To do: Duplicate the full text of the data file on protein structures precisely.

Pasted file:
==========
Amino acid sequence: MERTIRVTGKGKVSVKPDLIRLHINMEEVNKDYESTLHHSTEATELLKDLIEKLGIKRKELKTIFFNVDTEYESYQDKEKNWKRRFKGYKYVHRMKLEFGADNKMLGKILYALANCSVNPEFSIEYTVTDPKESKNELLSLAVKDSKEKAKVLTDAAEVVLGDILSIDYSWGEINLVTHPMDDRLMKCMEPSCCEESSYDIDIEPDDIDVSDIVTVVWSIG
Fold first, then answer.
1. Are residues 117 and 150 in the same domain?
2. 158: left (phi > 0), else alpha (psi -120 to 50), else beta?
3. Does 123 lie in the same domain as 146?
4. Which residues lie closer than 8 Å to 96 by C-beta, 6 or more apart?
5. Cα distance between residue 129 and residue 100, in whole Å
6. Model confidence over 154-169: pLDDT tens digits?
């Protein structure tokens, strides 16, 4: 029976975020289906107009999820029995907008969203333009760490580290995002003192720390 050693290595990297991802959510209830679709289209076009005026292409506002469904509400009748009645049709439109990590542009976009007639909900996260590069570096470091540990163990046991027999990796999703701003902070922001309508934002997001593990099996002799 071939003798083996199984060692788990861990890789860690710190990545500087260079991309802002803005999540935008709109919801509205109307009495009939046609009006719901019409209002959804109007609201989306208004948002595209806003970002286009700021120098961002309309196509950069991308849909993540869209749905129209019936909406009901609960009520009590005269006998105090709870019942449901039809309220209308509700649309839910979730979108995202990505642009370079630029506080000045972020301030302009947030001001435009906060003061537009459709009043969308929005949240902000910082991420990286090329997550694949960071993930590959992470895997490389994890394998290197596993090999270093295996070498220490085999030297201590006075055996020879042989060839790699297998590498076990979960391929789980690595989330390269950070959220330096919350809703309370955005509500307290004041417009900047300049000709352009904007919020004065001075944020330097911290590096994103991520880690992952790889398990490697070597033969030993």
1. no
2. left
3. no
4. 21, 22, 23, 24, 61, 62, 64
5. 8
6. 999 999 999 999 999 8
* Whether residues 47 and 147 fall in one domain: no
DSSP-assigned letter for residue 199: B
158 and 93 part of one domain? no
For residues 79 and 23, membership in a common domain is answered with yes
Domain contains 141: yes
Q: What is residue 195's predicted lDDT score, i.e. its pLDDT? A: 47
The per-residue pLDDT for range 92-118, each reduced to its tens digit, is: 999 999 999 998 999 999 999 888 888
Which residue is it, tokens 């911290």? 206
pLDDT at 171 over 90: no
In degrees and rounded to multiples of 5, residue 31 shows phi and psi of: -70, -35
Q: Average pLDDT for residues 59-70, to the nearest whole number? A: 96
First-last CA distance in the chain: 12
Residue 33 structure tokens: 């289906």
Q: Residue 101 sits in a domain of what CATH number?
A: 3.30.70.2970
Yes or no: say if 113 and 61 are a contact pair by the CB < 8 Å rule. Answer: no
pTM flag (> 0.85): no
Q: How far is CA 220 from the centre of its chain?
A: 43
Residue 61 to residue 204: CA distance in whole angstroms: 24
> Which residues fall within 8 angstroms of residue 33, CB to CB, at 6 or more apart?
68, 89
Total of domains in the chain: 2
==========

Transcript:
Amino acid sequence: MERTIRVTGKGKVSVKPDLIRLHINMEEVNKDYESTLHHSTEATELLKDLIEKLGIKRKELKTIFFNVDTEYESYQDKEKNWKRRFKGYKYVHRMKLEFGADNKMLGKILYALANCSVNPEFSIEYTVTDPKESKNELLSLAVKDSKEKAKVLTDAAEVVLGDILSIDYSWGEINLVTHPMDDRLMKCMEPSCCEESSYDIDIEPDDIDVSDIVTVVWSIG
Fold first, then answer.
1. Are residues 117 and 150 in the same domain?
2. 158: left (phi > 0), else alpha (psi -120 to 50), else beta?
3. Does 123 lie in the same domain as 146?
4. Which residues lie closer than 8 Å to 96 by C-beta, 6 or more apart?
5. Cα distance between residue 129 and residue 100, in whole Å
6. Model confidence over 154-169: pLDDT tens digits?
């Protein structure tokens, strides 16, 4: 029976975020289906107009999820029995907008969203333009760490580290995002003192720390 050693290595990297991802959510209830679709289209076009005026292409506002469904509400009748009645049709439109990590542009976009007639909900996260590069570096470091540990163990046991027999990796999703701003902070922001309508934002997001593990099996002799 071939003798083996199984060692788990861990890789860690710190990545500087260079991309802002803005999540935008709109919801509205109307009495009939046609009006719901019409209002959804109007609201989306208004948002595209806003970002286009700021120098961002309309196509950069991308849909993540869209749905129209019936909406009901609960009520009590005269006998105090709870019942449901039809309220209308509700649309839910979730979108995202990505642009370079630029506080000045972020301030302009947030001001435009906060003061537009459709009043969308929005949240902000910082991420990286090329997550694949960071993930590959992470895997490389994890394998290197596993090999270093295996070498220490085999030297201590006075055996020879042989060839790699297998590498076990979960391929789980690595989330390269950070959220330096919350809703309370955005509500307290004041417009900047300049000709352009904007919020004065001075944020330097911290590096994103991520880690992952790889398990490697070597033969030993």
1. no
2. left
3. no
4. 21, 22, 23, 24, 61, 62, 64
5. 8
6. 999 999 999 999 999 8
* Whether residues 47 and 147 fall in one domain: no
DSSP-assigned letter for residue 199: B
158 and 93 part of one domain? no
For residues 79 and 23, membership in a common domain is answered with yes
Domain contains 141: yes
Q: What is residue 195's predicted lDDT score, i.e. its pLDDT? A: 47
The per-residue pLDDT for range 92-118, each reduced to its tens digit, is: 999 999 999 998 999 999 999 888 888
Which residue is it, tokens 């911290």? 206
pLDDT at 171 over 90: no
In degrees and rounded to multiples of 5, residue 31 shows phi and psi of: -70, -35
Q: Average pLDDT for residues 59-70, to the nearest whole number? A: 96
First-last CA distance in the chain: 12
Residue 33 structure tokens: 């289906």
Q: Residue 101 sits in a domain of what CATH number?
A: 3.30.70.2970
Yes or no: say if 113 and 61 are a contact pair by the CB < 8 Å rule. Answer: no
pTM flag (> 0.85): no
Q: How far is CA 220 from the centre of its chain?
A: 43
Residue 61 to residue 204: CA distance in whole angstroms: 24
> Which residues fall within 8 angstroms of residue 33, CB to CB, at 6 or more apart?
68, 89
Total of domains in the chain: 2